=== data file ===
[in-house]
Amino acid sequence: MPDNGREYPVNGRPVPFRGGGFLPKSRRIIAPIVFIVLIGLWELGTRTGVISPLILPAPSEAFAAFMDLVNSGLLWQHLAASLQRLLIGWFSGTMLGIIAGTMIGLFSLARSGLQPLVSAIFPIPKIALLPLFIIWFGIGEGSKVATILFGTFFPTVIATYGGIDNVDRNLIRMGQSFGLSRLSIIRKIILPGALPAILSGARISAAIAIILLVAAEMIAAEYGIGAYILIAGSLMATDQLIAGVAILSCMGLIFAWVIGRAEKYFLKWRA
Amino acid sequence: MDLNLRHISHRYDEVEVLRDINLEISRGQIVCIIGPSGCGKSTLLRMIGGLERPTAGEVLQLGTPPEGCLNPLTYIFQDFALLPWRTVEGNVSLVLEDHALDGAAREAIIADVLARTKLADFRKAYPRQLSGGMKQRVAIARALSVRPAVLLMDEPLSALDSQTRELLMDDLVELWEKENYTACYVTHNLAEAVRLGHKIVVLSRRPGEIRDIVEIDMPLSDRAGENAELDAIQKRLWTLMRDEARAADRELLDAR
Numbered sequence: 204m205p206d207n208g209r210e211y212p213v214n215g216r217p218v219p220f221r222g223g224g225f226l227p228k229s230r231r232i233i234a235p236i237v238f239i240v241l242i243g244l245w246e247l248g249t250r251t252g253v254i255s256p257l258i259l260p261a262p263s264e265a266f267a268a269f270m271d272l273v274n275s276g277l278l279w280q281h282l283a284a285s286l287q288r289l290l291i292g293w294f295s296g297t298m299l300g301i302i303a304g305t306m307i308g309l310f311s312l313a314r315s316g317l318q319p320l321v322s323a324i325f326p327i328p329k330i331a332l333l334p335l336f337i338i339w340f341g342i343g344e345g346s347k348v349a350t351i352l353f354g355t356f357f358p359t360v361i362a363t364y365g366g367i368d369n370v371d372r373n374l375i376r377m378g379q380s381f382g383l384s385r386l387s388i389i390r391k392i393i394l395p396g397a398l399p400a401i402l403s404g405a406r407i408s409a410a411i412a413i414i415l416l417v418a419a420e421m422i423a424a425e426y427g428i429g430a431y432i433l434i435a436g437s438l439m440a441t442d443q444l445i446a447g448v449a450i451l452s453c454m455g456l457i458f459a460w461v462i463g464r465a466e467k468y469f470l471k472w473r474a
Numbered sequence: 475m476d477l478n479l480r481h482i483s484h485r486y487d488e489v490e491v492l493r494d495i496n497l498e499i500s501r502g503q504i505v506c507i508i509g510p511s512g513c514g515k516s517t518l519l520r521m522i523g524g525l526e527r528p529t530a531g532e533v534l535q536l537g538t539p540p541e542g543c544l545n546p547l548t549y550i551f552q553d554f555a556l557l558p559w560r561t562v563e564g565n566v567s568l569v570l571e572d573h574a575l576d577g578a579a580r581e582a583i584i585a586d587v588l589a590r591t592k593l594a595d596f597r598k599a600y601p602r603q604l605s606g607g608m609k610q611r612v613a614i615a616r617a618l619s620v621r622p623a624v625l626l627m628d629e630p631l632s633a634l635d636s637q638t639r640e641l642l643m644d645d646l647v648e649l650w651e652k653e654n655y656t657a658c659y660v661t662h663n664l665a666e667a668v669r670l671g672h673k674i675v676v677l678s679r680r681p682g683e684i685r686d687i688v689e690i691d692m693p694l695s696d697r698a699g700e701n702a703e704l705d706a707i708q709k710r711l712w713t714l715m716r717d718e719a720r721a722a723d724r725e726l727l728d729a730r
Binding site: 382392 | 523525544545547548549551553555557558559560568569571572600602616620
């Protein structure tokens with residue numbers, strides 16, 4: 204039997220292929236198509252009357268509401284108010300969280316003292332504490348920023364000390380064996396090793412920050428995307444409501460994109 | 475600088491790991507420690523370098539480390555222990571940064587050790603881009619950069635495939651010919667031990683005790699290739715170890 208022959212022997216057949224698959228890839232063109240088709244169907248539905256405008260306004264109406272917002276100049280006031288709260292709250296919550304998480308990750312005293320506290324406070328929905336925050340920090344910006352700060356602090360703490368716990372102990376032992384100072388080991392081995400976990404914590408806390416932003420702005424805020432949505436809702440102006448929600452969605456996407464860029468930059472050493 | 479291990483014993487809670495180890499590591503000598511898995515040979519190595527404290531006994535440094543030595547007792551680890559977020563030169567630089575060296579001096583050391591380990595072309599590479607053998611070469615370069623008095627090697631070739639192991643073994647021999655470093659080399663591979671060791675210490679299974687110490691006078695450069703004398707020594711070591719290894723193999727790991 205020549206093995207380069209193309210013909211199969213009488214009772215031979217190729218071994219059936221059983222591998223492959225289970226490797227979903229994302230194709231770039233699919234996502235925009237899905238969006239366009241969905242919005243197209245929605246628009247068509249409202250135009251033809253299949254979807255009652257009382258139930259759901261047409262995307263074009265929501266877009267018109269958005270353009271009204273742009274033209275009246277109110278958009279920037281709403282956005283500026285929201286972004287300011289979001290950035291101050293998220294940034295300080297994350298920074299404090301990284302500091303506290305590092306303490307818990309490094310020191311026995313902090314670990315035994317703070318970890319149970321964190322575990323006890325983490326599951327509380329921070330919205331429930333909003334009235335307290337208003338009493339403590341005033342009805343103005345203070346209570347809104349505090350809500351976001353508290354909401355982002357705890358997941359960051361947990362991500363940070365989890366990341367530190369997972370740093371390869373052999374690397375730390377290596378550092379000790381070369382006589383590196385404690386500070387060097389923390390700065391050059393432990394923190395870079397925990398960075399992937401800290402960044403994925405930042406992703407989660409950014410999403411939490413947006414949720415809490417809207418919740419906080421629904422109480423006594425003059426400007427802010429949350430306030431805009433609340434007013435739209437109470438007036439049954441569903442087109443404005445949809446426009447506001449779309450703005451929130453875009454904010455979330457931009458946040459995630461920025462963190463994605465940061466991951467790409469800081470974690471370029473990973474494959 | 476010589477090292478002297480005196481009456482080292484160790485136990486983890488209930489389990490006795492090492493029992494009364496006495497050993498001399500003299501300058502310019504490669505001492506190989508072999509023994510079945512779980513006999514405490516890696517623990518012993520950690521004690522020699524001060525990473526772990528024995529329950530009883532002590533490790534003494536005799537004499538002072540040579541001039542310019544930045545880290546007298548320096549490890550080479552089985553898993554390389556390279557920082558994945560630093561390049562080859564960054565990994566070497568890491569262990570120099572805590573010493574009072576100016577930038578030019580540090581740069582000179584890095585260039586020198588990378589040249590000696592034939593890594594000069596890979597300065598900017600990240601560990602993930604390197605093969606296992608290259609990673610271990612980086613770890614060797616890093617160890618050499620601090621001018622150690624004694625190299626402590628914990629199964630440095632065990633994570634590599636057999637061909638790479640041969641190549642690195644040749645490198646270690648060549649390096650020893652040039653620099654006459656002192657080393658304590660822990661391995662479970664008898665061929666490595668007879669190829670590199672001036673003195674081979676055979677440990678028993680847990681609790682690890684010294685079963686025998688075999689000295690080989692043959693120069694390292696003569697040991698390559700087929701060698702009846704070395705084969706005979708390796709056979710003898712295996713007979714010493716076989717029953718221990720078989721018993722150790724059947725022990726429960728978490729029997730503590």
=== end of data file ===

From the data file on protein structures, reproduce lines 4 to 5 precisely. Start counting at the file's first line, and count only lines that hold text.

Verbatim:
Numbered sequence: 204m205p206d207n208g209r210e211y212p213v214n215g216r217p218v219p220f221r222g223g224g225f226l227p228k229s230r231r232i233i234a235p236i237v238f239i240v241l242i243g244l245w246e247l248g249t250r251t252g253v254i255s256p257l258i259l260p261a262p263s264e265a266f267a268a269f270m271d272l273v274n275s276g277l278l279w280q281h282l283a284a285s286l287q288r289l290l291i292g293w294f295s296g297t298m299l300g301i302i303a304g305t306m307i308g309l310f311s312l313a314r315s316g317l318q319p320l321v322s323a324i325f326p327i328p329k330i331a332l333l334p335l336f337i338i339w340f341g342i343g344e345g346s347k348v349a350t351i352l353f354g355t356f357f358p359t360v361i362a363t364y365g366g367i368d369n370v371d372r373n374l375i376r377m378g379q380s381f382g383l384s385r386l387s388i389i390r391k392i393i394l395p396g397a398l399p400a401i402l403s404g405a406r407i408s409a410a411i412a413i414i415l416l417v418a419a420e421m422i423a424a425e426y427g428i429g430a431y432i433l434i435a436g437s438l439m440a441t442d443q444l445i446a447g448v449a450i451l452s453c454m455g456l457i458f459a460w461v462i463g464r465a466e467k468y469f470l471k472w473r474a
Numbered sequence: 475m476d477l478n479l480r481h482i483s484h485r486y487d488e489v490e491v492l493r494d495i496n497l498e499i500s501r502g503q504i505v506c507i508i509g510p511s512g513c514g515k516s517t518l519l520r521m522i523g524g525l526e527r528p529t530a531g532e533v534l535q536l537g538t539p540p541e542g543c544l545n546p547l548t549y550i551f552q553d554f555a556l557l558p559w560r561t562v563e564g565n566v567s568l569v570l571e572d573h574a575l576d577g578a579a580r581e582a583i584i585a586d587v588l589a590r591t592k593l594a595d596f597r598k599a600y601p602r603q604l605s606g607g608m609k610q611r612v613a614i615a616r617a618l619s620v621r622p623a624v625l626l627m628d629e630p631l632s633a634l635d636s637q638t639r640e641l642l643m644d645d646l647v648e649l650w651e652k653e654n655y656t657a658c659y660v661t662h663n664l665a666e667a668v669r670l671g672h673k674i675v676v677l678s679r680r681p682g683e684i685r686d687i688v689e690i691d692m693p694l695s696d697r698a699g700e701n702a703e704l705d706a707i708q709k710r711l712w713t714l715m716r717d718e719a720r721a722a723d724r725e726l727l728d729a730r